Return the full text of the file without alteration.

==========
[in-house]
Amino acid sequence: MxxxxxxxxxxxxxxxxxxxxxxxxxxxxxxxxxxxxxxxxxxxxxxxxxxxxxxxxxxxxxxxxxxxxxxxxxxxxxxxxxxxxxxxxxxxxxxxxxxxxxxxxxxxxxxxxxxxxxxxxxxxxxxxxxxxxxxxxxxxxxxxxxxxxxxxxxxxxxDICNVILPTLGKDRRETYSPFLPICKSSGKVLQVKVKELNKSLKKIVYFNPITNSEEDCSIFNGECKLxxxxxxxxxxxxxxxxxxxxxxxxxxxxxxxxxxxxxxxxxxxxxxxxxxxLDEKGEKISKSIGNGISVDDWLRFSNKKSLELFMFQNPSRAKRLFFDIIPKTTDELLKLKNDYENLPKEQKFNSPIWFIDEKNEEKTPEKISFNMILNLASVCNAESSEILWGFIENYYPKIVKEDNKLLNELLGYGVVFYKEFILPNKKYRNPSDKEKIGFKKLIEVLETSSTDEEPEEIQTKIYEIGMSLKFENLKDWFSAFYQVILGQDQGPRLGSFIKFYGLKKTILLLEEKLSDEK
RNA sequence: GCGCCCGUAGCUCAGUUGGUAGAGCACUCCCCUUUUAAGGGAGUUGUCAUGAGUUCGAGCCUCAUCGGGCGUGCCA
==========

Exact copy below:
[in-house]
Amino acid sequence: MxxxxxxxxxxxxxxxxxxxxxxxxxxxxxxxxxxxxxxxxxxxxxxxxxxxxxxxxxxxxxxxxxxxxxxxxxxxxxxxxxxxxxxxxxxxxxxxxxxxxxxxxxxxxxxxxxxxxxxxxxxxxxxxxxxxxxxxxxxxxxxxxxxxxxxxxxxxxxDICNVILPTLGKDRRETYSPFLPICKSSGKVLQVKVKELNKSLKKIVYFNPITNSEEDCSIFNGECKLxxxxxxxxxxxxxxxxxxxxxxxxxxxxxxxxxxxxxxxxxxxxxxxxxxxLDEKGEKISKSIGNGISVDDWLRFSNKKSLELFMFQNPSRAKRLFFDIIPKTTDELLKLKNDYENLPKEQKFNSPIWFIDEKNEEKTPEKISFNMILNLASVCNAESSEILWGFIENYYPKIVKEDNKLLNELLGYGVVFYKEFILPNKKYRNPSDKEKIGFKKLIEVLETSSTDEEPEEIQTKIYEIGMSLKFENLKDWFSAFYQVILGQDQGPRLGSFIKFYGLKKTILLLEEKLSDEK
RNA sequence: GCGCCCGUAGCUCAGUUGGUAGAGCACUCCCCUUUUAAGGGAGUUGUCAUGAGUUCGAGCCUCAUCGGGCGUGCCA